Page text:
Writing and researching Netymology, I was both daunted and bewildered at times. Above all, though, I felt exhilarated – and lucky as a lover of language to be alive today. Many of the great scholars, sages and authors of the past would have given anything to possess what a single screen can offer me in an instant: tens of millions of books, hundreds of millions of pages, and over a billion human voices competing in articulate cacophony.

These new stories of our language can, I believe, conjure the fragmentary story of our present with a vividness appropriate to the experience of living it. For each etymology isn’t so much a complete tale as an ongoing negotiation – a balance of meanings and readings for which there can be few better images than the restless texture of the digital world itself.

One of my own favourite neologisms is, for example, the “Cupertino effect” – which describes what happens when a computer automatically “corrects” your spelling into something wrong or incomprehensible.

The name originates from an early spellchecking program’s habit of automatically transforming the word “cooperation” (when spelt without a hyphen) into “Cupertino”, the name of the California city in which Apple has its headquarters – a phenomenon first noted by English-language translators for the European Commission, whose early documents include helpful suggestions for “encouraging Cupertino between Member States.”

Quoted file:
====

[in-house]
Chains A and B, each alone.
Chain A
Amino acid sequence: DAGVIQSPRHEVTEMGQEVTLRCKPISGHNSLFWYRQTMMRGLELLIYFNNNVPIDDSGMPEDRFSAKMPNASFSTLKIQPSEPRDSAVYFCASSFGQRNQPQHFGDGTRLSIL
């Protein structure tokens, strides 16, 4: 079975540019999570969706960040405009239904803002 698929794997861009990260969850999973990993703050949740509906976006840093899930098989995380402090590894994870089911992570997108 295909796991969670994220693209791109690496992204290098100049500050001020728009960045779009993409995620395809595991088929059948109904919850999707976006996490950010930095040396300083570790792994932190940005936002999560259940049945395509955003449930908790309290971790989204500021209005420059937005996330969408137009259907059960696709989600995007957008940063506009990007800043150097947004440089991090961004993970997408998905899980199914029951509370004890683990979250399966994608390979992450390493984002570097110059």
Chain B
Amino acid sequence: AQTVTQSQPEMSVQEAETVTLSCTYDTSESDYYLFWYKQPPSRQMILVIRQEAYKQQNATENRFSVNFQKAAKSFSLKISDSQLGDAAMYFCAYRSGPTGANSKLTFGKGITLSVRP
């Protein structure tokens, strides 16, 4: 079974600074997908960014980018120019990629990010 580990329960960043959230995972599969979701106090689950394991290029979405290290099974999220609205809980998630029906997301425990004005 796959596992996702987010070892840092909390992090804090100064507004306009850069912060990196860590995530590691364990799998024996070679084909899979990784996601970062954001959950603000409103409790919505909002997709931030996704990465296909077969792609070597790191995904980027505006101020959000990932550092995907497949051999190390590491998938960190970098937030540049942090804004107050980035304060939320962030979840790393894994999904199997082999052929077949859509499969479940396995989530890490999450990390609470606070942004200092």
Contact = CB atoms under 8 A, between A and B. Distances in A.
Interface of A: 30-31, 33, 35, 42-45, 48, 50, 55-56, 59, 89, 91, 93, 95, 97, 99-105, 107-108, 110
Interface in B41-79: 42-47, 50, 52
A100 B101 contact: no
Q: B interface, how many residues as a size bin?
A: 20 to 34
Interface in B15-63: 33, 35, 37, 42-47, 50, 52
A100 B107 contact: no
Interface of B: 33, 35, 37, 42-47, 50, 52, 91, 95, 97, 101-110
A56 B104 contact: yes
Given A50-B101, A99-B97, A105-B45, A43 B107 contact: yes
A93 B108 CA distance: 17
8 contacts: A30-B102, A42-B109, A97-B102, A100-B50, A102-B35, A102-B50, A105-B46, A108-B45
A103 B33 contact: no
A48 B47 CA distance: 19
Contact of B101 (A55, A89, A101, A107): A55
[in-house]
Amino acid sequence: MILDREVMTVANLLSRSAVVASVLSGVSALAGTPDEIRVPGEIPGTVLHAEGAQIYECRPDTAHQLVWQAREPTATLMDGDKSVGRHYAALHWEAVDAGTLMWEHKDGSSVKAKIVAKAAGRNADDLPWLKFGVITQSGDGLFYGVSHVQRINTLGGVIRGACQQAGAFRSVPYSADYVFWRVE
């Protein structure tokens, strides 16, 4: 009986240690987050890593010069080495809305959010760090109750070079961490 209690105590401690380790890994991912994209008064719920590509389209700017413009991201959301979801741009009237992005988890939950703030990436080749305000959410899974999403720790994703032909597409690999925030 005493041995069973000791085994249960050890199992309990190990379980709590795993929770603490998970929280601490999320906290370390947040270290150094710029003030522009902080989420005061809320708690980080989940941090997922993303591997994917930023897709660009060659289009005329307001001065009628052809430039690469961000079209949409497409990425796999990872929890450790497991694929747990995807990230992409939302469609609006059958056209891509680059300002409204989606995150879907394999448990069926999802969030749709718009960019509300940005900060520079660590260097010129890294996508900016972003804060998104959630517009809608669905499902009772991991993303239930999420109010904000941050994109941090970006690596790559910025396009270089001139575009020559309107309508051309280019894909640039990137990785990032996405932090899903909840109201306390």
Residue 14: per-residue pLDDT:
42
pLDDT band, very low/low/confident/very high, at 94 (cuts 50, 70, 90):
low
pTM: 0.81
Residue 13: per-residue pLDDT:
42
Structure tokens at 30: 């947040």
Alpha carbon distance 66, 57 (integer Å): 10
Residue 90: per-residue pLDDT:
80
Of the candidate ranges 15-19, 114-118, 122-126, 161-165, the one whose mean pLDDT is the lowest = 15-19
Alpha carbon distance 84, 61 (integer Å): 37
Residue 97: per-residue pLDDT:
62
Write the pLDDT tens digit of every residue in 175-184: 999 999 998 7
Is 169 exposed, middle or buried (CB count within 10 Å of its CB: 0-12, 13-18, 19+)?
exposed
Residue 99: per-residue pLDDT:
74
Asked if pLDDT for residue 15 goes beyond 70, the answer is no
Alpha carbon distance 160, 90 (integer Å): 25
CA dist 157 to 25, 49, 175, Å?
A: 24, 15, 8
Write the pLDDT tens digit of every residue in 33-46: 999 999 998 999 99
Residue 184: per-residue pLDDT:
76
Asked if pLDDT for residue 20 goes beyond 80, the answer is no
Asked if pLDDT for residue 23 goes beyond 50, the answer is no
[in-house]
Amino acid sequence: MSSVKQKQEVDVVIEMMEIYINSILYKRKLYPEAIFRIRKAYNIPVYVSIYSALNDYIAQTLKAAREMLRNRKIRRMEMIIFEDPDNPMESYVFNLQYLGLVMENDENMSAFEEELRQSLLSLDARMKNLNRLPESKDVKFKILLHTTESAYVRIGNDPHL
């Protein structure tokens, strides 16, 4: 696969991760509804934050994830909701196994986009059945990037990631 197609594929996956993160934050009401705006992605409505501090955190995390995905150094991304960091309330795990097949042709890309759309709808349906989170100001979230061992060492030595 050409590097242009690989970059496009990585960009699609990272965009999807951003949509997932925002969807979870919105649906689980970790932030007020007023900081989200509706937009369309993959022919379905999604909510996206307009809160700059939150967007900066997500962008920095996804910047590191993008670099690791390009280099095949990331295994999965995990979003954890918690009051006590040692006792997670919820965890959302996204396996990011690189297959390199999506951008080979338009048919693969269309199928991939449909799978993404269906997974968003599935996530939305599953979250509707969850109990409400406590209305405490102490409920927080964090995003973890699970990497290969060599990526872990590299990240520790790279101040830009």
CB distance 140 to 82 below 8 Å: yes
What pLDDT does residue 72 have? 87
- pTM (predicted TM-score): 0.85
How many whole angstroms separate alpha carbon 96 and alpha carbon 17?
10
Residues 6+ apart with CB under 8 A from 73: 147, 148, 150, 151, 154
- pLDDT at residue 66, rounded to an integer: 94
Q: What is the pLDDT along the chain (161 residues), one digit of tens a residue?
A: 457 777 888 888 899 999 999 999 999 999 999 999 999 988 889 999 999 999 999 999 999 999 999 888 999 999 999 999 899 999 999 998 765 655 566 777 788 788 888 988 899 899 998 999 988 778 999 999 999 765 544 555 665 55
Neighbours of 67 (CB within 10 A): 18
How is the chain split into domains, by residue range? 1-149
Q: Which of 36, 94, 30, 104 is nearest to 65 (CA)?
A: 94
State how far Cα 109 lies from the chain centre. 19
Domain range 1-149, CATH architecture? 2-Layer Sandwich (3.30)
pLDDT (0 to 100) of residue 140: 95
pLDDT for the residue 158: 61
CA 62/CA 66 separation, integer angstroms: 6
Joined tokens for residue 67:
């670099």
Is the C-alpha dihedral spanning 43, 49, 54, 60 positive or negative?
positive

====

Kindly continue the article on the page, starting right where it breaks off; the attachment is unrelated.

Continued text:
One of my favourite Cupertinos was my first computer’s habit of changing the name “Freud” into “fraud” – or, more recently, of my iPhone’s fondness for converting “soonish” into “Zionism”. In 2012, a text message intended to read “gunna be at west hall today” even led to the evacuation of an American high school, thanks to its automatic “correction” into “gunman be at west hall today before sending.

As Cupertinos suggest, onscreen language is both a collaboration and a kind of combat between user and medium. And if self-expression can sometimes be reduced to little more than clicking on “like”, there’s every bit as much pressure exerted in the opposite direction. If you can do it, someone, somewhere has probably already coined you a term - from “approximeeting”s with friends (arranging a rough time or place to meet, then sorting out details on the fly via mobile phone) to indulging in political “slacktivism” (ineffective activism carried out by clicking online petitions).

If the history of language teaches us anything, it’s that logic and reason come after the event with words – and that we are always saying more than we intend. Only time will tell what terms endure. For digital natives and immigrants alike, though, there’s much to celebrate in the constant flux of our tongue – not least in the reminders it offers of the human stories beneath even the most seamless of technology surfaces.